Journalists discuss documenting “Spiderman of Sudan”

October 02, 2022
An international reporting team from the Pulitzer Center on Crisis Reporting discussed their experience documenting the story of the “Spiderman of Sudan” who emerged during protests against a military coup in the country in 2021. 
At a Northwestern Qatar community screening of The 'Spider-Man' of Sudan: the real-life superhero of the protest movement, filmmakers and Pulitzer Center reporting fellows Phil Cox and Rafa Renas discussed their experience producing the film and examined how it gives a unique window into the protests. The screening was followed by a community discussion moderated by Craig LaMay, professor in residence and director of the Journalism and Strategic Communication Program.
The documentary follows an anonymous protester dressed as Spiderman as he takes to the streets of Sudan’s capital Khartoum to join protesters resisting the military after a coup that ousted the civilian government in October 2021.
Cox, the director and cameraman, explained how he was in Sudan organizing workshops with local journalists when people began flooding the streets at the time of the coup. He met Renas, who was participating in the protests, and they decided to join forces and tell “a story that would take us somewhere deeper, not just news of people walking, shouting, [and] throwing things.”
As the protests in Sudan gained momentum, and clashes with the security forces intensified, Cox said a protestor dressed as Spiderman appeared on social media leaping from billboards and scaling the tops of buildings while dodging teargas canisters.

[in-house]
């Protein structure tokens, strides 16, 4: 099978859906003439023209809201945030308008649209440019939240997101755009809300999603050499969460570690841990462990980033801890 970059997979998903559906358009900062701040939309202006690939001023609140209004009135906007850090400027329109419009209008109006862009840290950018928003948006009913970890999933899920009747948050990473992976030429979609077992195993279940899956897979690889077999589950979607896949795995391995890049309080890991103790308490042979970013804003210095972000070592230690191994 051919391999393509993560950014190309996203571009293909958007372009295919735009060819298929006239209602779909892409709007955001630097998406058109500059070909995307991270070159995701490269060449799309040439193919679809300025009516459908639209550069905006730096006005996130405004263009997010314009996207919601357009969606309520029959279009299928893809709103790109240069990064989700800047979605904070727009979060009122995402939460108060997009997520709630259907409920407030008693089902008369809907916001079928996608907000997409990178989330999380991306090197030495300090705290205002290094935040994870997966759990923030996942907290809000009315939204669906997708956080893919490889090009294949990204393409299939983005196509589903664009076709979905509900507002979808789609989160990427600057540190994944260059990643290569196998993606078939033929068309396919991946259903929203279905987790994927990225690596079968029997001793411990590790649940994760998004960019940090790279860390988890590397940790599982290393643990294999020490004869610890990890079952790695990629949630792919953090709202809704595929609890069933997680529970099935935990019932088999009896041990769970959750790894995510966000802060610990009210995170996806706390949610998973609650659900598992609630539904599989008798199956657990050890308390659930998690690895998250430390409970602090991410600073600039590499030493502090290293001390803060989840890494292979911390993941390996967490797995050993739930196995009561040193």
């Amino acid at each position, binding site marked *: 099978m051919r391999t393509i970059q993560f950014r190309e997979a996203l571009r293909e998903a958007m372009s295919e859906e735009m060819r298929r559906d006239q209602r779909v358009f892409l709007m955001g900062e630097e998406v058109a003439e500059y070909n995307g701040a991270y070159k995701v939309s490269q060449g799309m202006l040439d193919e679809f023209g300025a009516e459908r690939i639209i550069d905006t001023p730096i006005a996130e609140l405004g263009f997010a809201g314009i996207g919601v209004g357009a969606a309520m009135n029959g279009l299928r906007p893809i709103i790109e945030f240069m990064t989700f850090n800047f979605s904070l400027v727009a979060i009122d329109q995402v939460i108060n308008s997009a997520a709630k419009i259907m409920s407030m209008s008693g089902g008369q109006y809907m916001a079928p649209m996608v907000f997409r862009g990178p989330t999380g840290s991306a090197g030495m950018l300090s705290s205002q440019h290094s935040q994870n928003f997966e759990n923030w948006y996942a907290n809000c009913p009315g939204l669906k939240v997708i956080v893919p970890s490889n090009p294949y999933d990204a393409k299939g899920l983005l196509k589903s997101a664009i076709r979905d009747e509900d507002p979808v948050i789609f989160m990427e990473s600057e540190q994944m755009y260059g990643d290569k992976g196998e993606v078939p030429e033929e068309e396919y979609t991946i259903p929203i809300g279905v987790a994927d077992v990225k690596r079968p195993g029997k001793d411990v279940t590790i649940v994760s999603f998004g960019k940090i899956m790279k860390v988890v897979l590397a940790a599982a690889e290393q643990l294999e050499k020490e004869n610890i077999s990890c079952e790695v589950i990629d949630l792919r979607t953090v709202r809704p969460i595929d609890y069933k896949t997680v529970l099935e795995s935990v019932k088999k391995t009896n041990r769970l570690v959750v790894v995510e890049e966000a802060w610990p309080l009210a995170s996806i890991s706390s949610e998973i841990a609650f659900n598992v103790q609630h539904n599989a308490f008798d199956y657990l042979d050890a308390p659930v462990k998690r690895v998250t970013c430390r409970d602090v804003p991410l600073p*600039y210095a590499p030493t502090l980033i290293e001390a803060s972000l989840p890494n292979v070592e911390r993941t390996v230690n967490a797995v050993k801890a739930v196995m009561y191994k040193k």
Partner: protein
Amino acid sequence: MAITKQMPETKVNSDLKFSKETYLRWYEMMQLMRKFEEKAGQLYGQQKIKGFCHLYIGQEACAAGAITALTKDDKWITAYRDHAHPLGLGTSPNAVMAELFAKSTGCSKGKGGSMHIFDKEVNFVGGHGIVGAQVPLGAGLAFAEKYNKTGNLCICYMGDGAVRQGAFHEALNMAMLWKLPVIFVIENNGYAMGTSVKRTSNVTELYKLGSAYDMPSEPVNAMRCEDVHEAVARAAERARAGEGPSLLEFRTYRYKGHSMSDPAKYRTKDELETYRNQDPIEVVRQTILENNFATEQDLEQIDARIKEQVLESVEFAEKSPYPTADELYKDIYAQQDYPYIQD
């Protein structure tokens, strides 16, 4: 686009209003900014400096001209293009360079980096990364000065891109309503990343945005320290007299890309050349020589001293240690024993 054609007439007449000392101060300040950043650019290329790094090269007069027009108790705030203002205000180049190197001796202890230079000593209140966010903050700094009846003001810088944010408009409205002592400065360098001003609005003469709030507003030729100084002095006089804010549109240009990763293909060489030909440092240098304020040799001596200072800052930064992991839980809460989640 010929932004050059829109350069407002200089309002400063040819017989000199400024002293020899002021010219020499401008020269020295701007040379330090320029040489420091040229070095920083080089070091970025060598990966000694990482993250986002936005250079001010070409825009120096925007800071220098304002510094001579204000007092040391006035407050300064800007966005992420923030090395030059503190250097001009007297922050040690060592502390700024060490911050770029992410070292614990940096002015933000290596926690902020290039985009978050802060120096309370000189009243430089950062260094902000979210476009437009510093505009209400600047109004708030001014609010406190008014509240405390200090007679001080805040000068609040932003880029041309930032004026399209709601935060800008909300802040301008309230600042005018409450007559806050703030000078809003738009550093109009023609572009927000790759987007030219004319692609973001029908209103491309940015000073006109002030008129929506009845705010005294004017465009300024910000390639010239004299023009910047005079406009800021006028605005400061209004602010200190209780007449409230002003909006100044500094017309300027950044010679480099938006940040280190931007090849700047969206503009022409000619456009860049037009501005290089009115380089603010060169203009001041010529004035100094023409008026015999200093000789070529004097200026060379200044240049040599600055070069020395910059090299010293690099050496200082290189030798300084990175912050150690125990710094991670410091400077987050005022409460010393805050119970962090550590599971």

“We saw there was this amazing mysterious person who became a social media trend and was doing something, but people didn’t know who he was,” said Cox. “His work with some of the poorest children in Khartoum has shown him to be a positive focus for the resistance, and that was quite special to us as filmmakers.”
Determined to capture this story, Renas decided to find the mysterious protestor. “I was going to every protest every day just to find him,” Renas said, “but somehow, I was always in the wrong place, and he was on the other side of the city. For me, it was about telling what is going on in my country and how to tell it, and how to get people to start to care, to listen, and to know.”
Renas managed to find him, and “somehow, I managed to convince him I was just a protestor like him, and we met the next day, started talking, and slowly started building trust,” she said.
They began the filming process, and despite the dangers on the ground and the challenges of the junta firing rubber bullets and tear gas canisters, Cox and Renas continued filming. “It was dangerous, but the audience needed to feel the street,” said Cox. “That was his reality; the audience needed to feel part of the process.”
Northwestern Qatar and the Pulitzer Center on Crisis Reporting have a long-standing partnership that includes annual visits from international reporters and filmmakers like Cox and Renas, as well as fellowships for students. Laiba Mubashar and Muhammad Wasay Mir are this year’s Pulitzer Center fellows and are documenting the challenges facing survivors of acid attacks in Pakistan.
Sixteen Northwestern Qatar students have been awarded Pulitzer Center Fellowships through this partnership. Past projects have included a documentary on how a Yemeni refugee found love in South Korea and another on the marginalized community of scrap collectors working in Pakistan’s informal waste disposal industry.